Tuesday, November 2, 2010

AASLD:Video/Vitamin E Resolves NASH*non alcoholic steatohepatitis in Children

AASLD: Vitamin E Resolves NASH in Children
By Kristina Fiore , Staff Writer, MedPage TodayPublished: November 02, 2010Reviewed by Zalman S. Agus, MD; Emeritus Professor University of Pennsylvania School of Medicine.

BOSTON -- Vitamin E may help resolve nonalcoholic steatohepatitis (NASH) in children -- although it won't lower alanine aminotransferase (ALT) levels, researchers reported here.Although the 96-week randomized trial involving nearly 200 children missed its primary endpoint of lowering ALT, only vitamin E -- compared with metformin and placebo -- had significant effects on several histologic parameters, according to Joel Lavine, MD, of Columbia University, and colleagues."Vitamin E use should be supported for children with NASH," Lavine said during an oral presentation at the annual meeting of the American Association for the Study of Liver Diseases.Similar findings were reported for adults last April, in which the PIVENS trial, published in the New England Journal of Medicine, found vitamin E significantly improved a composite of four histological features of NASH compared with placebo.

In that trial, pioglitazone (Actos) also improved these histologic features, but not significantly compared with placebo.

Non-alcoholic fatty liver disease (NAFLD) is the most common cause of chronic liver disease in American children, yet no pharmacologic therapy has yet been established.
So the researchers conducted a randomized, placebo-controlled trial among 173 children (ages 8 to 17) from eight centers in the NASH Clinical Research Network to see whether vitamin E or metformin would mitigate fatty liver disease.
The kids were randomized to 500 mg of metformin twice a day, 400 IU of vitamin E twice a day, or placebo. The mean age was 13, boys made up the majority of the population (80%); they were largely Hispanic and most were obese with a body mass index (BMI) in the 33 to 34 range, Lavine said.

They had biopsy-confirmed NAFLD, as well as an ALT over 60 at baseline. Those with diabetes, cirrhosis, or significant alcohol use were excluded.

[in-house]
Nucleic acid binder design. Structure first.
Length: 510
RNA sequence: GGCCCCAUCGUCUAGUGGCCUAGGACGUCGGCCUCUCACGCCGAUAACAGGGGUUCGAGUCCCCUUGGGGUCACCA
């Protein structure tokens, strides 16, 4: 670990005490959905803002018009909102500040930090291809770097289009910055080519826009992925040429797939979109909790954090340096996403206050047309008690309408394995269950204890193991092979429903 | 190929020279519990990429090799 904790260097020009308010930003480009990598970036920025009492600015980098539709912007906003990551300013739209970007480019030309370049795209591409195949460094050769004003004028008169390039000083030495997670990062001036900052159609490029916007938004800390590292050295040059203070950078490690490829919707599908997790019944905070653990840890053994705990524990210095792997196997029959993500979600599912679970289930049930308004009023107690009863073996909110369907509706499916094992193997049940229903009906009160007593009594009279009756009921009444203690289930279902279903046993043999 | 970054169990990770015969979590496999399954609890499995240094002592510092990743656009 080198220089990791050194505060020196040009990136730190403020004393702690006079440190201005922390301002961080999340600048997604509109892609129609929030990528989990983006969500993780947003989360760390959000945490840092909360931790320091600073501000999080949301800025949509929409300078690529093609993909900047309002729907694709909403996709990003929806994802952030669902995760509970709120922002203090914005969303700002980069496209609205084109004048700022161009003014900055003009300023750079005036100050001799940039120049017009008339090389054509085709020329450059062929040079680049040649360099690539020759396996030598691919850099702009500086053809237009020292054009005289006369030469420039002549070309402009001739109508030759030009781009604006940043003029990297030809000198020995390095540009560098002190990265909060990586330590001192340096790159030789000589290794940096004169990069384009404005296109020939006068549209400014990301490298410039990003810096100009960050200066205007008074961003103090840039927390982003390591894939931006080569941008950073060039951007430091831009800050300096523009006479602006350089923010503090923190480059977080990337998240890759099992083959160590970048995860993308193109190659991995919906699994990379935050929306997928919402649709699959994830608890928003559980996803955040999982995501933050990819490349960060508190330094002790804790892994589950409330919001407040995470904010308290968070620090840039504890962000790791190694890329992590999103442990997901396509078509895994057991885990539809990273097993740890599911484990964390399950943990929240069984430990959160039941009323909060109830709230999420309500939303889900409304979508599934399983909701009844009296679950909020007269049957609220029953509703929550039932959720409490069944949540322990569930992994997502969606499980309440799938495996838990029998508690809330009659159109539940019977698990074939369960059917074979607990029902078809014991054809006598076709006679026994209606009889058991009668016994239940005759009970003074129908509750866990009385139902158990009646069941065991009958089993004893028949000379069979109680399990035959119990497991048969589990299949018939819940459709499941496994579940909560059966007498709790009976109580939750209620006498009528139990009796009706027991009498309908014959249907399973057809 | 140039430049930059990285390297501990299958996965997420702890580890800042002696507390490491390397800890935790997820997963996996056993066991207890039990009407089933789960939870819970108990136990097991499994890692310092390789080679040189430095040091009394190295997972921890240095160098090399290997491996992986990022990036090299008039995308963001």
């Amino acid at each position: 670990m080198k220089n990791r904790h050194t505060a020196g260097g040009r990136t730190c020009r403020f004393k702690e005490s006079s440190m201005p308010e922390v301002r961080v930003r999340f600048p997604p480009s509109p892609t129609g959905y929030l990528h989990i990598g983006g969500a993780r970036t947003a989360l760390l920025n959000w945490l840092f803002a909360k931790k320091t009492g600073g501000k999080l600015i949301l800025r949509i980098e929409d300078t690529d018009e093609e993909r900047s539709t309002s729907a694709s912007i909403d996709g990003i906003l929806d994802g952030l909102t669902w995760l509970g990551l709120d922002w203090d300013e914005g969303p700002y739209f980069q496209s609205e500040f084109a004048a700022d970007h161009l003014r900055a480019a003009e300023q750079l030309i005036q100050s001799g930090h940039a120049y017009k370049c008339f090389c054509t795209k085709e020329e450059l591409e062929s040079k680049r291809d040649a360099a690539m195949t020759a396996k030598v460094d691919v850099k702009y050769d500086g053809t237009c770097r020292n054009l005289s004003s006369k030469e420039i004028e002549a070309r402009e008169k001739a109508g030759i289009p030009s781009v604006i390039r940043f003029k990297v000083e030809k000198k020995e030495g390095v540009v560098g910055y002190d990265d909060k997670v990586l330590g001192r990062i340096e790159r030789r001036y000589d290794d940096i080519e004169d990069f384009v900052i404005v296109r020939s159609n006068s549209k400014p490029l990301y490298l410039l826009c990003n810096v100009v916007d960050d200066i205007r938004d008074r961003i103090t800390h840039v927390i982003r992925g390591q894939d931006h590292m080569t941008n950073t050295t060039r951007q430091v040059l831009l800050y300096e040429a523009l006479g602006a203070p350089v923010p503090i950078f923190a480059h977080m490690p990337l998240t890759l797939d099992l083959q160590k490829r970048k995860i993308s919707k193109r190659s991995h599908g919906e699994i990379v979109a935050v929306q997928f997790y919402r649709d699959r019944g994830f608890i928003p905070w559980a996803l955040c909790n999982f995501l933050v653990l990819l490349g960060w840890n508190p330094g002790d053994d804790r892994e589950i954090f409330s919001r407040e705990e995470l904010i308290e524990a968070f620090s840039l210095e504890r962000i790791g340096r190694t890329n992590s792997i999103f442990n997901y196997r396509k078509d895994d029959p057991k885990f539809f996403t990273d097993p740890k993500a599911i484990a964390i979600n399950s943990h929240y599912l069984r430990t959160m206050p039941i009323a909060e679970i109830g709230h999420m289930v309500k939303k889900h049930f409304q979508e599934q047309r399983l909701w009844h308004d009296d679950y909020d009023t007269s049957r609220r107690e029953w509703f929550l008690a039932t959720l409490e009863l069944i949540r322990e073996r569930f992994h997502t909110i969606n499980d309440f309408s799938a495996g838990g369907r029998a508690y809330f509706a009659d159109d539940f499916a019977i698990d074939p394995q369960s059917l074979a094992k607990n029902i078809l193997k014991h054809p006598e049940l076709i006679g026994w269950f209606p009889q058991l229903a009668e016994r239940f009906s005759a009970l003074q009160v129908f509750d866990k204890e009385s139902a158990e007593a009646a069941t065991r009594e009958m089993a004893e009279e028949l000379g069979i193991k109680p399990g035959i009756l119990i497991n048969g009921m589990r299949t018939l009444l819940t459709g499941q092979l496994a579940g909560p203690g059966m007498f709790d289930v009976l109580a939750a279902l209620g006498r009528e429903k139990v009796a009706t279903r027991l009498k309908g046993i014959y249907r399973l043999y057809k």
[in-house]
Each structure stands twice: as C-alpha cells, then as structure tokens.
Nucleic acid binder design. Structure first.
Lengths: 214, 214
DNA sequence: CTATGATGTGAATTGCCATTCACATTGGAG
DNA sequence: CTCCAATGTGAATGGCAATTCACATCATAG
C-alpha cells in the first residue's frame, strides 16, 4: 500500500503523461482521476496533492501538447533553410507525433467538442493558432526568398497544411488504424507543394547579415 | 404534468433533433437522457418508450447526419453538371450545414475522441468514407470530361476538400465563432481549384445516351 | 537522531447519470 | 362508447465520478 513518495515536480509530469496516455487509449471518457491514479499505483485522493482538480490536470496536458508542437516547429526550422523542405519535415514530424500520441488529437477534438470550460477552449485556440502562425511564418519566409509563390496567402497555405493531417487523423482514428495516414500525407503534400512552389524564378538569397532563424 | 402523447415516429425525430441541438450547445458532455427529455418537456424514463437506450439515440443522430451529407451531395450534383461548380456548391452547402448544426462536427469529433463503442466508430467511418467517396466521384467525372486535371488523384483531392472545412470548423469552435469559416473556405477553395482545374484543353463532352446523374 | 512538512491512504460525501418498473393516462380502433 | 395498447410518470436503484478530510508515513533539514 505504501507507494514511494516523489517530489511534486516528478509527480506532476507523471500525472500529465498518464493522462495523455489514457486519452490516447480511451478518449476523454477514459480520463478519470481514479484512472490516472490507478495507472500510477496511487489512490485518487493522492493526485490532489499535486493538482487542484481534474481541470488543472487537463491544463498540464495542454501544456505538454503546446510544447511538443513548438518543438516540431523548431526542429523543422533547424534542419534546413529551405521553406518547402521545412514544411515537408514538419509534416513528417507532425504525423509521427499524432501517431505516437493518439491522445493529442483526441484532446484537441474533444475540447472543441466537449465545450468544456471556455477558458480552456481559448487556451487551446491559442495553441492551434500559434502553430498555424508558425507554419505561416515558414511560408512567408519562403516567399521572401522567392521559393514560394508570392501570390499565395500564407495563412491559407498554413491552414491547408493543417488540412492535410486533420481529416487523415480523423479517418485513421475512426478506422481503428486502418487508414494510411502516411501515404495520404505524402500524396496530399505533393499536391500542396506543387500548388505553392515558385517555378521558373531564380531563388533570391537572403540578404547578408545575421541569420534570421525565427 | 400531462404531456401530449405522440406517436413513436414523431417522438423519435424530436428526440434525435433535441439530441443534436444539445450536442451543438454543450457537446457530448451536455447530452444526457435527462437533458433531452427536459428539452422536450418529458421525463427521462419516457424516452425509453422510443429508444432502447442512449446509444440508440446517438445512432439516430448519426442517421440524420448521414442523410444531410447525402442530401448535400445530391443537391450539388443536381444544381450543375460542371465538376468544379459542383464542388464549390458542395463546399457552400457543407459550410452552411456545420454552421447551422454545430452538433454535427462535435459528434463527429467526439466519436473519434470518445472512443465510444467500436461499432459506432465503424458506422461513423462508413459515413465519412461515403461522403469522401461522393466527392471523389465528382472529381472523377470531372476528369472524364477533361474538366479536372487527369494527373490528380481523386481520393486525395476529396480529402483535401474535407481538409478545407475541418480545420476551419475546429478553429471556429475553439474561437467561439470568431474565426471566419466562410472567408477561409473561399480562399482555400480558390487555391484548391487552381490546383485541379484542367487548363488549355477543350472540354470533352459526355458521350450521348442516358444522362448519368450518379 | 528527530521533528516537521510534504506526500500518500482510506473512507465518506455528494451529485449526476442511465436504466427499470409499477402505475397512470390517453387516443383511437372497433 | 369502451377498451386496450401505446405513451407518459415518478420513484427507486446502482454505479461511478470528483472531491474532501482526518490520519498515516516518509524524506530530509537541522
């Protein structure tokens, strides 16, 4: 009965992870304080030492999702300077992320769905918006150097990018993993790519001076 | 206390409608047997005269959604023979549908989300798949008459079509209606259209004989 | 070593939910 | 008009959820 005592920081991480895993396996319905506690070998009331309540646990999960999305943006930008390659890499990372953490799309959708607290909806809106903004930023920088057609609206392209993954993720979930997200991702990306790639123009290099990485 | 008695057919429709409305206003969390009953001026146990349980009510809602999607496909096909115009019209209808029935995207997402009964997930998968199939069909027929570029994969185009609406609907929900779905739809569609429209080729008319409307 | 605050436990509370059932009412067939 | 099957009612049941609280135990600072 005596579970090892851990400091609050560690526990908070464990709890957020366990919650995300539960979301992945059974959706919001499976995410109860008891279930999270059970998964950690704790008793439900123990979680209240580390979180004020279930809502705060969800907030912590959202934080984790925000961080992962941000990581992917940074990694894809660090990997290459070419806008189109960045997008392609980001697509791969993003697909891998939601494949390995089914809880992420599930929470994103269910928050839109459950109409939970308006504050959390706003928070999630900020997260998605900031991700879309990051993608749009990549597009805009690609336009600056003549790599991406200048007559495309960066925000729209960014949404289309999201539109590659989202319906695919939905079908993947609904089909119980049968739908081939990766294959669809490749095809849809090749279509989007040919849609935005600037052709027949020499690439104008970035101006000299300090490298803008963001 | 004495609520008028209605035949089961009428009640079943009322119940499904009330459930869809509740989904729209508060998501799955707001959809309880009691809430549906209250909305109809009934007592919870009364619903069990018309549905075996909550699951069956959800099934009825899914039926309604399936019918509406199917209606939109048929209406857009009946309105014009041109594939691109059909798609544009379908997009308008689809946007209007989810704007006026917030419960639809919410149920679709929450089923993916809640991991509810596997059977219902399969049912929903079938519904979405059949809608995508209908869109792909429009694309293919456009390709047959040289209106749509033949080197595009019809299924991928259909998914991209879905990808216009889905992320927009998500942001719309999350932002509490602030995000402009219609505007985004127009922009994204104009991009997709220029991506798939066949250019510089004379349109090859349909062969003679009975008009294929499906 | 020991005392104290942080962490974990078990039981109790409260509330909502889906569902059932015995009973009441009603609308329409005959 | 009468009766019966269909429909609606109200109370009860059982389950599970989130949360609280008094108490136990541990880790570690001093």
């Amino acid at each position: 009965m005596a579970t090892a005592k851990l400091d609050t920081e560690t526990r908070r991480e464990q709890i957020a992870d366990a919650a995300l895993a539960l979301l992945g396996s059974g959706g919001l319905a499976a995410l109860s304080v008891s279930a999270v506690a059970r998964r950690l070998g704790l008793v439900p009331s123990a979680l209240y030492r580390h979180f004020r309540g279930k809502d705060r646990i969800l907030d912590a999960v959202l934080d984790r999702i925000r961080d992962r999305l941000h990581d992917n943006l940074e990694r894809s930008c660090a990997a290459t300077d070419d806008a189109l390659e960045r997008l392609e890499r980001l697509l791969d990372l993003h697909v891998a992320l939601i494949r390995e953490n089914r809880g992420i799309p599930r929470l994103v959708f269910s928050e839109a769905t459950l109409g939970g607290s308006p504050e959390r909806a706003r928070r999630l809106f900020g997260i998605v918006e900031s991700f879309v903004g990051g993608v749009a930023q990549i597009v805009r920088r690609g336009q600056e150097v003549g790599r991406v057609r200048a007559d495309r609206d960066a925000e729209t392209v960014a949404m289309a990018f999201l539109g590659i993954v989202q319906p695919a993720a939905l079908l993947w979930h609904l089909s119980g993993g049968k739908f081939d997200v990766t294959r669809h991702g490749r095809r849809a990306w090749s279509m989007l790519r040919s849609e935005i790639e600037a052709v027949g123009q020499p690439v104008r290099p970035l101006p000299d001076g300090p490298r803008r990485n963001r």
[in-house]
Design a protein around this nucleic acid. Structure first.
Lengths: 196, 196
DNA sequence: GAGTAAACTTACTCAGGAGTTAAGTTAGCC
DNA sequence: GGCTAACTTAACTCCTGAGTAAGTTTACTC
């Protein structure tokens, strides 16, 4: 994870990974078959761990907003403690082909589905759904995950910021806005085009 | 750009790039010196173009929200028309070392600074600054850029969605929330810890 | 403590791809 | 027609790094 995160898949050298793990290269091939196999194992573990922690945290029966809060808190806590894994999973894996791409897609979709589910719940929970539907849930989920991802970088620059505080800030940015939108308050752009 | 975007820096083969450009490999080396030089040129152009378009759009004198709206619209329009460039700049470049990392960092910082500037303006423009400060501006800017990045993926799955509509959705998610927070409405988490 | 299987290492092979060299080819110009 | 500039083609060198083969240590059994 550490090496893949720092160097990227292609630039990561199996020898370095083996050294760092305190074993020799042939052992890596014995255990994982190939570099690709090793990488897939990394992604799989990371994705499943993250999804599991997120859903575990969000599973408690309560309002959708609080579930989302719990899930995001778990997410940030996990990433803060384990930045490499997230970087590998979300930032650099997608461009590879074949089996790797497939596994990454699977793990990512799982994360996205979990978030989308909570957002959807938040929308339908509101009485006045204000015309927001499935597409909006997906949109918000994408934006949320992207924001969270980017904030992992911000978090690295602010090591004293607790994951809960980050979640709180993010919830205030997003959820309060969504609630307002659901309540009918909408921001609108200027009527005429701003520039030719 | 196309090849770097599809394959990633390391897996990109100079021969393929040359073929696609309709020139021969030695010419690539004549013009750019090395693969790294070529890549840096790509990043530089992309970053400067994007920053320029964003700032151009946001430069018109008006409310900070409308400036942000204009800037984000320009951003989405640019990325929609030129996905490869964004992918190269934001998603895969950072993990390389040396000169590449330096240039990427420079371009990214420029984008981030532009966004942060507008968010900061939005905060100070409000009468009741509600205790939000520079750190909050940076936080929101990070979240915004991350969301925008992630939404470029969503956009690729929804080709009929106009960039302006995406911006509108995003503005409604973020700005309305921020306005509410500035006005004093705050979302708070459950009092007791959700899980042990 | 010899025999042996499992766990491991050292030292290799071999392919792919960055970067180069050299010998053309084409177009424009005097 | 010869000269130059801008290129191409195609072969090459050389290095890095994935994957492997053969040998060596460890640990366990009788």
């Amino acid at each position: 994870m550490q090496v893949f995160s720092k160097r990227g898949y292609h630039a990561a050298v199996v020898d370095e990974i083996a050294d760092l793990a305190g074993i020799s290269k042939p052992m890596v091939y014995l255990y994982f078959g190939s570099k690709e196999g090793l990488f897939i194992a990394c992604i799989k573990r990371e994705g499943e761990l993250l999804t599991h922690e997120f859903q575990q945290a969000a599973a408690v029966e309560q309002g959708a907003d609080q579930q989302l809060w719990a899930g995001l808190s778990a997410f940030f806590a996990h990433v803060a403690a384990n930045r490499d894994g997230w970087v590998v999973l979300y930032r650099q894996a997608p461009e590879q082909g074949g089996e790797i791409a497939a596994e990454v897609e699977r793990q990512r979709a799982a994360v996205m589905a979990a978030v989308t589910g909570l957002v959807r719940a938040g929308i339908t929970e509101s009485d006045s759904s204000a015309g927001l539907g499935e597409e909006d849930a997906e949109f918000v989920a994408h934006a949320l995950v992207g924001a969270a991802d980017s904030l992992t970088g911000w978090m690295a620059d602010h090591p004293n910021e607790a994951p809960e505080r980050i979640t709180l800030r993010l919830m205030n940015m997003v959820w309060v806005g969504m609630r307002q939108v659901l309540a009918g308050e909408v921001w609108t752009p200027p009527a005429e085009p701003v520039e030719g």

All of the children in the trial were also given standard care, including advice on lifestyle modification.

Children had regular clinic visits during the 96-week trial, and were followed for an additional 24 weeks to assess treatment durability.
The primary endpoint was reduction in ALT, while the secondary endpoints looked at histological changes.

The researchers found that ALT decreased in all three groups -- most likely because they were all receiving the standard of care, which is education on diet and exercise, Lavine said.
There was a more rapid decline in those levels for children on vitamin E, but the data converged by the end of the trial (25.9% achieved a reduction with vitamin E, 15.8% with metformin, and 17.2% with placebo).

The results did not change after controlling for factors such as age, gender, and ethnicity, Lavine said.
Yet when the researchers looked at histological factors, they found that both vitamin E and metformin improved hepatocellular ballooning compared with placebo (44% and 44% versus 21%, P=0.006).
But only vitamin E significantly improved NAFLD scores compared with placebo (P=0.02).
In the subset of children with NASH at baseline, vitamin E significantly increased resolution of NASH on the 96 week liver biopsy compared with placebo (58% vs 28% P=0.006).
However, neither vitamin E nor metformin improved liver fibrosis, lobular formation, or portal inflammation scores.
There were equal changes in body weight across groups, with the children gaining a mean 13 kg (28.6 lbs) over the 96 weeks of the study -- despite the exercise and diet advice provided.
Lavine and colleagues concluded that while neither vitamin E nor metformin was superior to placebo for sustained ALT reduction, vitamin E improved several histologic markers for children with NASH.
He added that further work needs to be done with regard to the effects of the exercise and dietary intervention used in the trial.
Lavine concluded that the results "reinforce the PIVENS findings that vitamin E improved NASH in adults."

Arun Sanyal, MD, of Virginia Commonwealth University Medical Center in Richmond and president of the AASLD, said that fatty liver disease "is a very scary disease in children," since it is also an emerging risk factor for diabetes and coronary artery disease.
Sanyal, who was also an investigator in the adult PIVENS trial, said the improvement in steatohepatitis seen with vitamin E "is a small step forward in a very important area."
The study was supported by the National Institute of Diabetes and Digestive and Kidney Diseases, as well as the National Institute of Child Health & Human Development.
Vitamin E was provided by Pharmavite.
The researchers reported no conflicts of interest.
Primary source: American Association for the Study of Liver DiseaseSource reference:Lavine JE, et al "Vitamin E, metformin, or placebo treatment of nonalcoholic fatty liver disease in children"
AASLD 2010; Abstract 110

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